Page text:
This is a guest post by Michael Davidson, who is a father, husband, attorney and active member of the Church.
In a recent Facebook exchange, I was asked to share what in my life would be damaged if women were ordained to the Priesthood. My response was that his question missed the mark. I haven’t opposed Ordain Women (OW) because I think that female ordination would be such a terrible thing. Rather, my opposition to OW is that it is a trap that will lead people out of the Church. A friend responded and insisted that “Mormons are not being led out of the church by OW.… For me and many other Mormons OW and FMH has provided a profound place of comfort and solace within the church.”
This refrain has been repeated many times and in many places by folks from the OW crowd. OW founder Kate Kelly has repeatedly stated that OW is perhaps the greatest retention effort in the Church right now. Most recently, in the “Getting Started” handout related to OW’s new six discussions, OW claims “we have already seen this organization serve as an LDS retention effort for women who left, or were considering leaving, the Church due to their feelings on gender inequality.” OW actively promotes itself as a group who provides a “profound place of comfort and solace within the Church” as observed by my friend. But this is a false claim. In fact, I propose that there is nothing about participation in the OW movement that will strengthen someone’s commitment to the Church. Instead, the natural consequence of participation will be to lead women and men out of the Church.
OW must realize the course they are setting will lead people to have difficult conversations with their Bishops and Stake Presidents. From the very beginning OW has a “Productive Conversations Toolkit” available on their website. The purpose of this document is to prepare OW acolytes to “effectively and confidently engage in conversations with leaders and peers about Ordain Women and the ordination of LDS women.” The document begins by introducing the hypothetical that the reader has “just got called in to meet with your church leaders.” It then gives specific advice for, among other things, avoiding discipline. Why would such a thing be necessary if it weren’t for the fact that it was entirely foreseeable and expected that activity in OW would lead to potential Church discipline or other problems?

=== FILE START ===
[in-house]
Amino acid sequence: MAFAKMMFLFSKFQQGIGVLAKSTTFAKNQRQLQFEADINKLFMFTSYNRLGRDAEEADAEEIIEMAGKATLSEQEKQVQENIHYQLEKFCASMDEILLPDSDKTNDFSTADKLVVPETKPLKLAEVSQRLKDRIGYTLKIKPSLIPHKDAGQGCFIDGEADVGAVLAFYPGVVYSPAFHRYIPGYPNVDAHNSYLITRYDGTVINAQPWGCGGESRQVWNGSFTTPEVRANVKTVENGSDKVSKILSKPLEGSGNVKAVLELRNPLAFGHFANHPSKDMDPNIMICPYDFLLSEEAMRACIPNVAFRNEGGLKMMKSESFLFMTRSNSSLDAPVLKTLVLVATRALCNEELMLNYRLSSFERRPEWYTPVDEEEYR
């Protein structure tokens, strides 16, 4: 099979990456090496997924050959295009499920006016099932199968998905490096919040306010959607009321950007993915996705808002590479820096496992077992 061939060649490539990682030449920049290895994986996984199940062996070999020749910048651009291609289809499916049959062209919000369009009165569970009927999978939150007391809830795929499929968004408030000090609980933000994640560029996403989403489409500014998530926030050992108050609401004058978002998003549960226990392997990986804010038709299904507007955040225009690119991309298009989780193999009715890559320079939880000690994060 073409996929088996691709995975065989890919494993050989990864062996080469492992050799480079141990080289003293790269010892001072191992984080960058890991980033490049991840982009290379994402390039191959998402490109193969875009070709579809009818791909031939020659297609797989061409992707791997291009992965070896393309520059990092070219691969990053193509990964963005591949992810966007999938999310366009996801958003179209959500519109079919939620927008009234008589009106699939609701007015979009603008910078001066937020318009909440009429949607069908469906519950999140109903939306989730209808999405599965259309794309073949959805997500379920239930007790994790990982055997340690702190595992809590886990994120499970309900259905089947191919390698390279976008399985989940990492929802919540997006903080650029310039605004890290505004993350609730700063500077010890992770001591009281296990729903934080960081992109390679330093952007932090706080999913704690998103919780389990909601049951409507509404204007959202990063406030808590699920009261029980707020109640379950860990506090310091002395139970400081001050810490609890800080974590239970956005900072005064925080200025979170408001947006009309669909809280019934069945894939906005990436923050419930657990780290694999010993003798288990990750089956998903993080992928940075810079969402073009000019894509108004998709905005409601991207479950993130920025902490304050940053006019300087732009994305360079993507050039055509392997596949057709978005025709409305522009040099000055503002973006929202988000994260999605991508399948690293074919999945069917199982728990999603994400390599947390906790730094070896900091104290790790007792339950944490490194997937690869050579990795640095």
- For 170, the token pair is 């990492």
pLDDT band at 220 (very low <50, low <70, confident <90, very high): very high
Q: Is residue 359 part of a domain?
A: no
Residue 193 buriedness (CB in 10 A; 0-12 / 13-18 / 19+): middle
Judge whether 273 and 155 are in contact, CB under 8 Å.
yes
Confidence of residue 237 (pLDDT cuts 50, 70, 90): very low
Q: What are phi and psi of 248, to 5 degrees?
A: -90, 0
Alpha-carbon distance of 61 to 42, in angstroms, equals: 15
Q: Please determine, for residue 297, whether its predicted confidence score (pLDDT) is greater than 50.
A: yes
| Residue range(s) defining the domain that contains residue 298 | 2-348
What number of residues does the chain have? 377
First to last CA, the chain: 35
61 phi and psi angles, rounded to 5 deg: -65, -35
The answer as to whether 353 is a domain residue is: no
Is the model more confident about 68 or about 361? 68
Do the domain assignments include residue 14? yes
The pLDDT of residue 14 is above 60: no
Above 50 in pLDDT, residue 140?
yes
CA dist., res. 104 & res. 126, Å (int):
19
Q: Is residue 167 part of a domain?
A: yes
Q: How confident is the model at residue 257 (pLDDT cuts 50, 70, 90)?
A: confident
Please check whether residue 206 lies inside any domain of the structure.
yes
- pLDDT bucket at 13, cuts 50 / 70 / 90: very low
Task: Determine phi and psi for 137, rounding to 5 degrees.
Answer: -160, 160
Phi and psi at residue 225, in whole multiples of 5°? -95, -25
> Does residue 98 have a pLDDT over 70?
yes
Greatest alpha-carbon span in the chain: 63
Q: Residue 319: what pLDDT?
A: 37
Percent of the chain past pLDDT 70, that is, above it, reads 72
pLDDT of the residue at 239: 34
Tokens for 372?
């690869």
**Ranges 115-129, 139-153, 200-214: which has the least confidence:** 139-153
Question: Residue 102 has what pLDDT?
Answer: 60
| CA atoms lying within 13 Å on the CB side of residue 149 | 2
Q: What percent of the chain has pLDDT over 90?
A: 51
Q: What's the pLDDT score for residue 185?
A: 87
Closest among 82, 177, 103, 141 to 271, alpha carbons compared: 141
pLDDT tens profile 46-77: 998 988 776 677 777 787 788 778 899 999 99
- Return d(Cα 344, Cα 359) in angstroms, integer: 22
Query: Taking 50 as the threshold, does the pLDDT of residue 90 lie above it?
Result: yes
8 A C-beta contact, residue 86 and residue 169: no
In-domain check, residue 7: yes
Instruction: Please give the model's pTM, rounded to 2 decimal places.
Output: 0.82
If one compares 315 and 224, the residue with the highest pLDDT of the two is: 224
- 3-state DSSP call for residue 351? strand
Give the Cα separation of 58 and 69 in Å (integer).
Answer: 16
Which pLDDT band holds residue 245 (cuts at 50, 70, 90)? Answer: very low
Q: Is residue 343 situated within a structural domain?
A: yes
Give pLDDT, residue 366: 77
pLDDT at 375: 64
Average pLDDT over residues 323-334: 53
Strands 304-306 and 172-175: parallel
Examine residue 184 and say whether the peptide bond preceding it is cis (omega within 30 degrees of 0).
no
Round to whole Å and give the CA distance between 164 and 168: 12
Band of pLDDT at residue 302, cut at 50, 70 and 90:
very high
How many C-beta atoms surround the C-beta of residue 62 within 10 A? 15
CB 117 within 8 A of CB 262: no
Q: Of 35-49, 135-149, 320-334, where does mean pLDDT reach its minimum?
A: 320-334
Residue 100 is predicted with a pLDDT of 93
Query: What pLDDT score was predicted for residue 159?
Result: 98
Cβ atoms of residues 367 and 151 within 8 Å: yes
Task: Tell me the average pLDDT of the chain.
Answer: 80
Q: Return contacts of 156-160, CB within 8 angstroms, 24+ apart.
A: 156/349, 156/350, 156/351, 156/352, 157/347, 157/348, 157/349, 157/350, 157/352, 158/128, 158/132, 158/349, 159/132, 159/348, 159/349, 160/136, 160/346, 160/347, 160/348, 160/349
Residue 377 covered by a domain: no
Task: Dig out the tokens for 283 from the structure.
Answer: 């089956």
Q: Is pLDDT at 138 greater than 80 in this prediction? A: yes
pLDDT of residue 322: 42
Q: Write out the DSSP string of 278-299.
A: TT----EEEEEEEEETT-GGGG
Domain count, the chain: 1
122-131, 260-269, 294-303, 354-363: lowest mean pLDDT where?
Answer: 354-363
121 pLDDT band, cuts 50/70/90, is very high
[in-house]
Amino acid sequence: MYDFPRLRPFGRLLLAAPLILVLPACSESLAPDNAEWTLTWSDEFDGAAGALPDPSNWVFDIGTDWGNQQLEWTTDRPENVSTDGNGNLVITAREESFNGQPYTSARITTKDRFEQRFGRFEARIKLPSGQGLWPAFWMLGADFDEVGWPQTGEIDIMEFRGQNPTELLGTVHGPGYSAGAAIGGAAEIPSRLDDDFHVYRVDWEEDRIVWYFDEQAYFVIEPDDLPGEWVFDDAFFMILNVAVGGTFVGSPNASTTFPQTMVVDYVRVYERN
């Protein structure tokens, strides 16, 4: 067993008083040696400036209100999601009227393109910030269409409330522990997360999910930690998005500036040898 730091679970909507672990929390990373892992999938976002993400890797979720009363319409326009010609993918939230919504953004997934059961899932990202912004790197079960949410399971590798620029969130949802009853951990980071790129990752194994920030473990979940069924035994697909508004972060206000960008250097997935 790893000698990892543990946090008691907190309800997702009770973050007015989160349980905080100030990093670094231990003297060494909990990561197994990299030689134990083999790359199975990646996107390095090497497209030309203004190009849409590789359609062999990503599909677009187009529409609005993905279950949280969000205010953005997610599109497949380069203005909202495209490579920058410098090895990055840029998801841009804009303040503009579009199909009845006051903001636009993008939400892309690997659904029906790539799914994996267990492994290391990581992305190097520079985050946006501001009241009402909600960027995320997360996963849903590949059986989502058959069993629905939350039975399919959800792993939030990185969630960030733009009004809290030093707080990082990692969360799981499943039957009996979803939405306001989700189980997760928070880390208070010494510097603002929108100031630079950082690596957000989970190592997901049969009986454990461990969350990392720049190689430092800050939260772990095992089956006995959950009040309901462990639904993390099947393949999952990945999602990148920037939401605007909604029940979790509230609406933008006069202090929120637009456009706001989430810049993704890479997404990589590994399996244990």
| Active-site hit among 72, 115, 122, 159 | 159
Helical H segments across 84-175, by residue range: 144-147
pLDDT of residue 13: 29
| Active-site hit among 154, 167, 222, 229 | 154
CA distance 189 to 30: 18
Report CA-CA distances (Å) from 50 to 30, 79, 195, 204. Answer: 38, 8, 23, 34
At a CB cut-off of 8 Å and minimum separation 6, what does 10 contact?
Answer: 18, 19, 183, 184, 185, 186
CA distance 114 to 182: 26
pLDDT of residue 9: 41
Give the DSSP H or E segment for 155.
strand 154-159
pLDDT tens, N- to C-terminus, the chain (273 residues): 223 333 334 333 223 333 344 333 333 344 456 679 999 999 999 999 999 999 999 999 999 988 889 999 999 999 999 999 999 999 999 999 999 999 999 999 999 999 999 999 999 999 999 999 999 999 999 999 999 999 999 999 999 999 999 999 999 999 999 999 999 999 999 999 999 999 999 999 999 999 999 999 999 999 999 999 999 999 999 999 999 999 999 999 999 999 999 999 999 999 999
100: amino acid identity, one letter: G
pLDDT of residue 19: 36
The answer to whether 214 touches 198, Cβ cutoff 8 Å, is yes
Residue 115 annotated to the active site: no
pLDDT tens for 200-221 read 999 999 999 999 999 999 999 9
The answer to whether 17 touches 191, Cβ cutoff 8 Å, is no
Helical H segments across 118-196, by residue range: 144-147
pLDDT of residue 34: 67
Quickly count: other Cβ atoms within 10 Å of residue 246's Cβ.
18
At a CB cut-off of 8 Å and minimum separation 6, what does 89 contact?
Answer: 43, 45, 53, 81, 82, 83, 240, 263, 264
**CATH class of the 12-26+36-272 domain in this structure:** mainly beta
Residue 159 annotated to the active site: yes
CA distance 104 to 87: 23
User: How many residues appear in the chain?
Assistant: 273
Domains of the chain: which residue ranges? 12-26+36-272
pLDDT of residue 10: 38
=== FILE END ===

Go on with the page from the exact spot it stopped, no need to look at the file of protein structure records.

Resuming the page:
It is my contention that the actions that OW has planned and executed to this date do not lead the participants to activity and commitment to the Church if you judge them by the fruits that they produce. Before looking at specific examples, is it reasonable to expect that any of OW’s “actions” will bring the participants closer to the Church? Those people participating in these actions already feel marginalized and disrespected. It is entirely irrelevant whether they are justified in feeling that way; it’s the way they feel. However, the actions were designed from the outset to force the Church to turn the OW crowd away from the Priesthood session, one by one. By inviting those people to attempt to gain admission to a meeting to which they haven’t been invited, and to which they have advance notice that they won’t be admitted, OW is merely putting people who already feel rejected into a position in which they will be rejected again in a very public setting. The unavoidable result of the two Priesthood Session actions is the exact opposite of comfort and solace. Instead, the inevitable moment in which each individual member of the OW crowd is turned away merely affirms their preexisting feelings and bias and galvanizes whatever hostile or antagonistic thoughts or feelings that they have in that moment. If anything, these actions do not create or strengthen any loyalty to the Church, but merely creates or strengthens loyalty to OW and the proposition that the Church should change to fit their truth. Because they are focused on “their truth” rather than revealed truth, the result are also predictable. (See 2 Nephi 7:11)